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Parent Zone

A Parent "Code of Conduct"

As a parent, you play an integral role in contributing to the needs and development of youngsters. Through your encouragement and good example, you can help assure that all the boys and girls learn good sportsmanship and self-discipline. In youth sports, young people learn to work together, to sacrifice for the good of the team, to enjoy winning and deal appropriately with defeat - all while becoming physically fit and healthy. Best of all, they have fun!

Here are some guidelines to help you in working with your own child and to help make youth sports a better experience for everyone.

  • Support Your Child Supporting your child by giving encouragement and showing interest in their team is very important. Help your child work toward improving their skills and their good sportsmanship in every game. Teach your child that hard work and an honest effort are more important than victory - that way your child will always be a winner despite the outcome of the game!
  • Always Be Positive Parents are the primary role models for their children. Be aware of this and work to be a positive role model. Applaud good plays by your child's team as well as good plays by the opposing team. Support all efforts to remove verbal and physical abuse from youth sports activities.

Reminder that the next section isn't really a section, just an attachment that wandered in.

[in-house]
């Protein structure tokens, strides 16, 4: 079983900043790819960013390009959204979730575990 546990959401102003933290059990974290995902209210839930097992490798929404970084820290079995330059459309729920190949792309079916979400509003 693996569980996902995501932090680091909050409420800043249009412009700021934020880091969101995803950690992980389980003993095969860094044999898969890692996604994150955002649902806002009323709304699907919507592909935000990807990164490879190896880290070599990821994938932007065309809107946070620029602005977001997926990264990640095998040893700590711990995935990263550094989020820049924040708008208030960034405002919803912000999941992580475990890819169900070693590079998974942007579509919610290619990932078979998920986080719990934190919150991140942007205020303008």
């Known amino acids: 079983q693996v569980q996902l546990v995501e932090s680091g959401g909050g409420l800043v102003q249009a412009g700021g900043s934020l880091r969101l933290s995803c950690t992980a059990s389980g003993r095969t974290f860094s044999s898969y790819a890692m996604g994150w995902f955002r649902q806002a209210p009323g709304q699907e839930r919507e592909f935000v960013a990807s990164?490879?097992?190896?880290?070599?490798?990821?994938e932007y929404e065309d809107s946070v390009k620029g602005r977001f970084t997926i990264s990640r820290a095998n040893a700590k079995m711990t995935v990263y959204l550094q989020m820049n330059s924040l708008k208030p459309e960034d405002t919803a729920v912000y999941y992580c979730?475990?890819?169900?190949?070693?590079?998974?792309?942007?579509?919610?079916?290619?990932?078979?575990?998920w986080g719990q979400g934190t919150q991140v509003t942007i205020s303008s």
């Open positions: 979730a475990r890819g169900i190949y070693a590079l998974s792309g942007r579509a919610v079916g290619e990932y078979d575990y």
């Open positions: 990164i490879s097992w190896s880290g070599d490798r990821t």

• Remember That Your Child Wants to Have Fun Remember that your child is the one playing, not you. It's very important to let children establish their own goals - to play the game for themselves. Take care not to impose your own standards and goals on them. Don't put too heavy a burden on your child to win games. 72% of children would rather play for a losing team than ride the bench for a winning team. Children play for the fun of playing.
  • Reinforce Positive Behavior Positive reinforcement is the best way to help your children achieve their goals and overcome their natural fear of failure. Nobody likes to make mistakes. If your child does make one, remember it's all part of learning, so encourage your child's efforts and point out the good things your child accomplished.
  • Don't Be a Sideline Coach or Referee Coaches and referees are usually parents just like you. They volunteer their time to help make your child's youth sports experience a positive one. They need your support too. That means refraining from coaching or refereeing from the sidelines. As a volunteer organization, there's usually an opportunity for you to take your interest in coaching or refereeing to the next level and become one yourself!